Our first data set comes from the government itself, the St. Louis Federal Reserve Bank’s FRED data system. This system provides free data on over 670,000 different data sets from the US government about all aspects of the economy, and our first data set should be those job losses. Because our goal is ultimately some kind of decision to be made, we’ll look at the data first and then export it for further analysis.
The challenge with this particular data set is its frequency – it’s reported only weekly. For marketing purposes, such as adjusting ad spend or changing the cadence of content creation and publishing, weekly may not be fast enough to make necessary adjustments – especially if you’re spending big on ads. Waiting a day to trim ad spend could save some businesses tens of thousands of dollars or more.
So, is there a data source that might better suit our needs? Yes: Google Trends, the free service from Google. Let’s look at some of the questions people in this situation might ask:
This clearly shows a major change in search behaviors; normally, according to the AHREFS SEO tool, around 13,000 people a month search for questions like “how to apply for unemployment“, “how to file for unemployment“; questions like “unemployment benefits” and “unemployment office” have about 43,000 people a month. With this change, we already see about 5x that amount – and it dwarfs the same level of searches during the Great Recession, 2007-2009.
So, we’ve done the basic analysis. Is there more we could do? Yes. A key question to ask is, is the Google Trends data reliable enough to use for predictive analytics? Using any statistical tool, from Microsoft Excel to crazy stuff like the R statistical programming language, we can check to see how good the fit is between the two data sets over the last 16 years.
Based on this analysis, we see that search terms “unemployment benefits” and “unemployment office” have extremely strong correlations to the weekly jobless claims data. This is a key step in business analytics and data science that many omit: if we don’t validate our data against a meaningful target outcome, we may use data that’s irrelevant. We see that the longer questions like “how to apply for unemployment” might seem more intuitive, but the analysis shows that it’s a much weaker correlation than the bigger terms such as “unemployment benefits“.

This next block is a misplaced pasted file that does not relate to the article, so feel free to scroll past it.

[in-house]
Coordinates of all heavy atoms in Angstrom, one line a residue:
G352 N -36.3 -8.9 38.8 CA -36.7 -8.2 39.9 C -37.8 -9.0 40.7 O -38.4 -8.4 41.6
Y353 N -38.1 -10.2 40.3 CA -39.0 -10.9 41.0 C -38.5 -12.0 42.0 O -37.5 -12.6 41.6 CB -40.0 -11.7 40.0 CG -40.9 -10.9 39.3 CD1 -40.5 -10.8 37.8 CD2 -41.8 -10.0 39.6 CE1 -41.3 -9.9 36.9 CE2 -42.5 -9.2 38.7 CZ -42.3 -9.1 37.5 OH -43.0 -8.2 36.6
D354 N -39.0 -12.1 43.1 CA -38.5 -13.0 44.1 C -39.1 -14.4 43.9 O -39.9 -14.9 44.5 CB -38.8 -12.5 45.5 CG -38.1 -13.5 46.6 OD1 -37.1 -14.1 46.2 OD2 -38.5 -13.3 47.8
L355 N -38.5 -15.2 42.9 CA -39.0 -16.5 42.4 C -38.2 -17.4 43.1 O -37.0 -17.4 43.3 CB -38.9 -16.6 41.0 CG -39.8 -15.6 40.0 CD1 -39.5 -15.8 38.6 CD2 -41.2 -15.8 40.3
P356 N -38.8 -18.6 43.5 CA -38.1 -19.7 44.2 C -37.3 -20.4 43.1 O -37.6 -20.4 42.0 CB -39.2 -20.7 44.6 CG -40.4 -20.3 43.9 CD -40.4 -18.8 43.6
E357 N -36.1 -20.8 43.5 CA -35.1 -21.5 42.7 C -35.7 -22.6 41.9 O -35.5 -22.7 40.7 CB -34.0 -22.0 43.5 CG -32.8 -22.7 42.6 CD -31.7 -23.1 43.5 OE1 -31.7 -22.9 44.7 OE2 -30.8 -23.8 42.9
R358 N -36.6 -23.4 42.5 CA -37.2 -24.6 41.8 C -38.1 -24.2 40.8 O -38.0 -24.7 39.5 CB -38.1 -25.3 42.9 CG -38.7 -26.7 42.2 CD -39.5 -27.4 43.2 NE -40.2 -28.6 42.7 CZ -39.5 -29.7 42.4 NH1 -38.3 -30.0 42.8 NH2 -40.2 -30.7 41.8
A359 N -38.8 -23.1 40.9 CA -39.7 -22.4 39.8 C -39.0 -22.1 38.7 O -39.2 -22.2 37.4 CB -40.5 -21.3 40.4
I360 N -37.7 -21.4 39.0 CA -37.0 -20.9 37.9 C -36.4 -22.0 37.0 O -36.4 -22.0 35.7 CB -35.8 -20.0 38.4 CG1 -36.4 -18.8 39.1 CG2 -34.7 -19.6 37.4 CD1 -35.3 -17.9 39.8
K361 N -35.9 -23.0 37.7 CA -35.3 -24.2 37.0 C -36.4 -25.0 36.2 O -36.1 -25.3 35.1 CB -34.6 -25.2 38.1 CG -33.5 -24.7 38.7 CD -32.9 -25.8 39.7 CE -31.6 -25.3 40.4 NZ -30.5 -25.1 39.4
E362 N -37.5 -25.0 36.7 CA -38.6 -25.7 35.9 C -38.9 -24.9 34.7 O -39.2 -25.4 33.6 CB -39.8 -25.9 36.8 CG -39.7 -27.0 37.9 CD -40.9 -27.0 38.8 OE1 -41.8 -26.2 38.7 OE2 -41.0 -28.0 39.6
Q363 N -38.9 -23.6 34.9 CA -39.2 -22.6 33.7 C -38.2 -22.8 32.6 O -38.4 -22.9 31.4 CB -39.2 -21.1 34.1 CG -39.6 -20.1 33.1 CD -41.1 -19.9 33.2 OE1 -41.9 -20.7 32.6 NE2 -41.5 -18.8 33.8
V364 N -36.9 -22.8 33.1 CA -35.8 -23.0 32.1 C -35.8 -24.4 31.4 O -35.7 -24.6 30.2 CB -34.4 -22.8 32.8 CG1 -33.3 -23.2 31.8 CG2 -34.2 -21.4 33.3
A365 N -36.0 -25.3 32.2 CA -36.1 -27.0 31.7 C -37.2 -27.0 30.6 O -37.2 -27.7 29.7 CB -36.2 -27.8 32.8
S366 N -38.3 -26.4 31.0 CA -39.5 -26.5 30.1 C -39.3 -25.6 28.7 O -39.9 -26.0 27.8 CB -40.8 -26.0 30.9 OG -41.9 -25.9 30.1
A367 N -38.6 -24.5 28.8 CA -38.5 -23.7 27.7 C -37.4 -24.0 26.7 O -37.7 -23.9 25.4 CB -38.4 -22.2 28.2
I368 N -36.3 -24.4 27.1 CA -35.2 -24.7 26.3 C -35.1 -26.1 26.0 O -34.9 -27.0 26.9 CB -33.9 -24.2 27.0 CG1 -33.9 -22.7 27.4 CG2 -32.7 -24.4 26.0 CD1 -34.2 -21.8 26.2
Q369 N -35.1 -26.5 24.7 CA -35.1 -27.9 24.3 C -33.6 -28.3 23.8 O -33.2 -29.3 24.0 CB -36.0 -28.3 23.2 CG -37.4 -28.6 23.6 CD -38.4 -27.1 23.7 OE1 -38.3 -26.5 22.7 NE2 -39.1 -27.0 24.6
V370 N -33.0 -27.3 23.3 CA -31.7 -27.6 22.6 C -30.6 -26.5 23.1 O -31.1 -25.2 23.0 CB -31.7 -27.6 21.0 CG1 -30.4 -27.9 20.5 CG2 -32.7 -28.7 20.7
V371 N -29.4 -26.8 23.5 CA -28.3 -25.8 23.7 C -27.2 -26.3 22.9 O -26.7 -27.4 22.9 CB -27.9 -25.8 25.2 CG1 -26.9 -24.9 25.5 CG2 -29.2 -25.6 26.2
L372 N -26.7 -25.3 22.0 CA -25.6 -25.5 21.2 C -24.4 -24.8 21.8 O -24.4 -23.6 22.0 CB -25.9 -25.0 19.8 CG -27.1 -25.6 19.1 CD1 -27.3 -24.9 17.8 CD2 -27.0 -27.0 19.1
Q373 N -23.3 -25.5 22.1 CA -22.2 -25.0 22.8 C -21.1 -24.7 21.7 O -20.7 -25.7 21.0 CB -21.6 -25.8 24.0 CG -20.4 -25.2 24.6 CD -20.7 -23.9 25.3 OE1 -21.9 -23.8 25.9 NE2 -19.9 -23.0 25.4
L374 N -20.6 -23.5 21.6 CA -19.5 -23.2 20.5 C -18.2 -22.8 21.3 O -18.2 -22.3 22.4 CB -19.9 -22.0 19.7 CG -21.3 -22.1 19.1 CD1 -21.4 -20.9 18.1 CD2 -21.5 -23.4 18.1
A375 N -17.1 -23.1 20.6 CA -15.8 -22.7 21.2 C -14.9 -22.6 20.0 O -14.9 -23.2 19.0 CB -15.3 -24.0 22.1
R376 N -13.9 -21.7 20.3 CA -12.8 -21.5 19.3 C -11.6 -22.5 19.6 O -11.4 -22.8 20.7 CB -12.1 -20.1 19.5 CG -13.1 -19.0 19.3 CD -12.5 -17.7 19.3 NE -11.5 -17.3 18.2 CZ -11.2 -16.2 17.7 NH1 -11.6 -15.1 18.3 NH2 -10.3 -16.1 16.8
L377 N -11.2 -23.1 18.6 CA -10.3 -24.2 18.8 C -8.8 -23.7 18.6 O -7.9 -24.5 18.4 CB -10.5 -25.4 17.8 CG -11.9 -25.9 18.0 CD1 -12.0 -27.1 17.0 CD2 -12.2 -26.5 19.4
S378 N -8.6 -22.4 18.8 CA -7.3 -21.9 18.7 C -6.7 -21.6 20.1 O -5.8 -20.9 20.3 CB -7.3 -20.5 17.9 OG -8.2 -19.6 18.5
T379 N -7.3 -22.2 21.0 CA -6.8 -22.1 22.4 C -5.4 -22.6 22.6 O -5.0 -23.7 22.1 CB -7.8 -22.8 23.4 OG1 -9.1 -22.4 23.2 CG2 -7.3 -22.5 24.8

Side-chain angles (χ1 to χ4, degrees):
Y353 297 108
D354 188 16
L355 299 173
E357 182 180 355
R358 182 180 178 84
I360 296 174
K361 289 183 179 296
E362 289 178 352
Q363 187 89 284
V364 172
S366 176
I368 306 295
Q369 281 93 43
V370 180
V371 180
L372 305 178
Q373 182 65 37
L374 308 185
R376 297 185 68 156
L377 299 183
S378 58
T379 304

Taking Action on Business Analytics
We now know which terms can be used for forecasting and predictive analytics, which in turn means we know what action to take: monitor the highest-correlated terms on a regular, frequent basis and adjust marketing budgets, perhaps even content strategies, based on these key metrics. And we know we can check on this data daily, rather than wait for weekly data, allowing us to answer our key question of what data to use for planning marketing spend.
For example, if we see the major search terms continue to skyrocket in Google Trends, we know that B2C businesses will be even more impacted. If we work in a B2C business, we must change our marketing strategy, especially our product pricing, to deal with the loss of potential customers. If we work in a B2B business, we know there will be a lag, but eventually, the economic malaise will spread to B2B. We can take action to secure longer-term contracts now, and plan for pricing changes as situations change.
The most important thing we could do with our analytics is to take action on it, on our insights that we’ve generated. If we only analyze but never act, it’s the equivalent of cooking a meal and not eating it – utterly senseless. We would waste all that effort. That’s why starting with a question we desperately need an answer to is essential in order to create impact with the data.
Use business analytics and basic business trends data from publicly available sources to tune your marketing and answer key questions about your marketing strategy. You’ll be far ahead of competitors in the times to come.